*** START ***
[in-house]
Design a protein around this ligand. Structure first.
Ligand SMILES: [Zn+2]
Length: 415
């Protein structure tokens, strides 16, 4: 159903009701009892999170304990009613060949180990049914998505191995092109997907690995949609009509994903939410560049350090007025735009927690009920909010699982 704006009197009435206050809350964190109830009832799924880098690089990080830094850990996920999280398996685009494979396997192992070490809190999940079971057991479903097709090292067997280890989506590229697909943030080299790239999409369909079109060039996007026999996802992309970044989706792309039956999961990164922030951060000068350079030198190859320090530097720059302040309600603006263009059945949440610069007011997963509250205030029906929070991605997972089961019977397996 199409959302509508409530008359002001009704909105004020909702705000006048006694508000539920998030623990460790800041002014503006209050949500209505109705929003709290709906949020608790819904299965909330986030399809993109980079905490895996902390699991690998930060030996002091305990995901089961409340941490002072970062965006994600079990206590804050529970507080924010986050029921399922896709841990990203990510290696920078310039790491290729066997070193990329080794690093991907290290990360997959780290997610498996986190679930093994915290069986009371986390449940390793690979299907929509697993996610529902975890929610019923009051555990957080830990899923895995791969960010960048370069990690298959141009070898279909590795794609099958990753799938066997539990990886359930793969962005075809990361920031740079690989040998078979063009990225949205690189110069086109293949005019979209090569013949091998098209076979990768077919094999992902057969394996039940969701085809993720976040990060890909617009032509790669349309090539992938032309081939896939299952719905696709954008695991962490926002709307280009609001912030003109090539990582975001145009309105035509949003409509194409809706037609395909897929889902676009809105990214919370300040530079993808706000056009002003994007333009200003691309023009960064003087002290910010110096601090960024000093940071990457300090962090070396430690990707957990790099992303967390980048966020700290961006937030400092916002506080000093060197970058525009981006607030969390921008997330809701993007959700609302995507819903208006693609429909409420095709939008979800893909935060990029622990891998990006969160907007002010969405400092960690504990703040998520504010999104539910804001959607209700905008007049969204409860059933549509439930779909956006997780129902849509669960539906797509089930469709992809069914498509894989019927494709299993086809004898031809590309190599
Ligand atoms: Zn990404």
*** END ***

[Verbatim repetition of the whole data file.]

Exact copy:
[in-house]
Design a protein around this ligand. Structure first.
Ligand SMILES: [Zn+2]
Length: 415
């Protein structure tokens, strides 16, 4: 159903009701009892999170304990009613060949180990049914998505191995092109997907690995949609009509994903939410560049350090007025735009927690009920909010699982 704006009197009435206050809350964190109830009832799924880098690089990080830094850990996920999280398996685009494979396997192992070490809190999940079971057991479903097709090292067997280890989506590229697909943030080299790239999409369909079109060039996007026999996802992309970044989706792309039956999961990164922030951060000068350079030198190859320090530097720059302040309600603006263009059945949440610069007011997963509250205030029906929070991605997972089961019977397996 199409959302509508409530008359002001009704909105004020909702705000006048006694508000539920998030623990460790800041002014503006209050949500209505109705929003709290709906949020608790819904299965909330986030399809993109980079905490895996902390699991690998930060030996002091305990995901089961409340941490002072970062965006994600079990206590804050529970507080924010986050029921399922896709841990990203990510290696920078310039790491290729066997070193990329080794690093991907290290990360997959780290997610498996986190679930093994915290069986009371986390449940390793690979299907929509697993996610529902975890929610019923009051555990957080830990899923895995791969960010960048370069990690298959141009070898279909590795794609099958990753799938066997539990990886359930793969962005075809990361920031740079690989040998078979063009990225949205690189110069086109293949005019979209090569013949091998098209076979990768077919094999992902057969394996039940969701085809993720976040990060890909617009032509790669349309090539992938032309081939896939299952719905696709954008695991962490926002709307280009609001912030003109090539990582975001145009309105035509949003409509194409809706037609395909897929889902676009809105990214919370300040530079993808706000056009002003994007333009200003691309023009960064003087002290910010110096601090960024000093940071990457300090962090070396430690990707957990790099992303967390980048966020700290961006937030400092916002506080000093060197970058525009981006607030969390921008997330809701993007959700609302995507819903208006693609429909409420095709939008979800893909935060990029622990891998990006969160907007002010969405400092960690504990703040998520504010999104539910804001959607209700905008007049969204409860059933549509439930779909956006997780129902849509669960539906797509089930469709992809069914498509894989019927494709299993086809004898031809590309190599
Ligand atoms: Zn990404």